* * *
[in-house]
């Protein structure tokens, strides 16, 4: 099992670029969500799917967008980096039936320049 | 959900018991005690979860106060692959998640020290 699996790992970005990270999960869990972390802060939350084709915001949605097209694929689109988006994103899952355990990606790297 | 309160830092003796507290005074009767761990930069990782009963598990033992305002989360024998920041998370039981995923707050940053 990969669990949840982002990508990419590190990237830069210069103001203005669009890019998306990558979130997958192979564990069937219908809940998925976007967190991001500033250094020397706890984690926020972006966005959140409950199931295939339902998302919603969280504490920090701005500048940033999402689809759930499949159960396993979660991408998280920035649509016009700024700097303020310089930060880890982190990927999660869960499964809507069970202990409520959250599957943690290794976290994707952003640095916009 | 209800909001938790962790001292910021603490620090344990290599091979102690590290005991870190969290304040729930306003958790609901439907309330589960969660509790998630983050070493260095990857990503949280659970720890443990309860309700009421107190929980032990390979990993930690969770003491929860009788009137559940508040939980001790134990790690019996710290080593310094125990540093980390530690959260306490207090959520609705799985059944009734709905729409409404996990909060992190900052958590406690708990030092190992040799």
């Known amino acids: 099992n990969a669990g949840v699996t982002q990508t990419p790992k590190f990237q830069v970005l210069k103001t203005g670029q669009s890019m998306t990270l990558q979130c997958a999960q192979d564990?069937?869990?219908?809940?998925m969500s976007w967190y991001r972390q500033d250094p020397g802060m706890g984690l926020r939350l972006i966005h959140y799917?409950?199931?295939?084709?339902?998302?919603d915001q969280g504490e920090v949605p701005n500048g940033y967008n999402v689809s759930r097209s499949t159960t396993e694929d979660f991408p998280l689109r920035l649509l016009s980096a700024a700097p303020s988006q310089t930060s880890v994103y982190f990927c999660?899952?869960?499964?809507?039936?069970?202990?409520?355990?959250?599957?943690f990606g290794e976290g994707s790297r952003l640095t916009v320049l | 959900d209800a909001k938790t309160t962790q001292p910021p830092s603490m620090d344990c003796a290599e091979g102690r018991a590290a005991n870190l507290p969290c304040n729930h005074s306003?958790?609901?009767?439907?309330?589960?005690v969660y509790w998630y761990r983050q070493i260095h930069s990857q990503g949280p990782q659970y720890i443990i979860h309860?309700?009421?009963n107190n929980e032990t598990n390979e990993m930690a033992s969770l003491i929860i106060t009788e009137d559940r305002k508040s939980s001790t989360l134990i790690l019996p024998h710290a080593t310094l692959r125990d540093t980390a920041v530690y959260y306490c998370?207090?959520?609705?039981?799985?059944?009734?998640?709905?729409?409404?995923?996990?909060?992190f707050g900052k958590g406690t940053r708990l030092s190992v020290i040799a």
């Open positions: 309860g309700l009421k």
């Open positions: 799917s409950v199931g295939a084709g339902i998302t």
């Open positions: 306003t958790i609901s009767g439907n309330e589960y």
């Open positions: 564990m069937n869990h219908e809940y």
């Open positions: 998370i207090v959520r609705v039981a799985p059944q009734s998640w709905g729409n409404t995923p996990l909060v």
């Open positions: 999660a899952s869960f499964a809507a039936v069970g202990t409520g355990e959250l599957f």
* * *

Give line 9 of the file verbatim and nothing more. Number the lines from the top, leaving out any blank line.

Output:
């Open positions: 999660a899952s869960f499964a809507a039936v069970g202990t409520g355990e959250l599957f």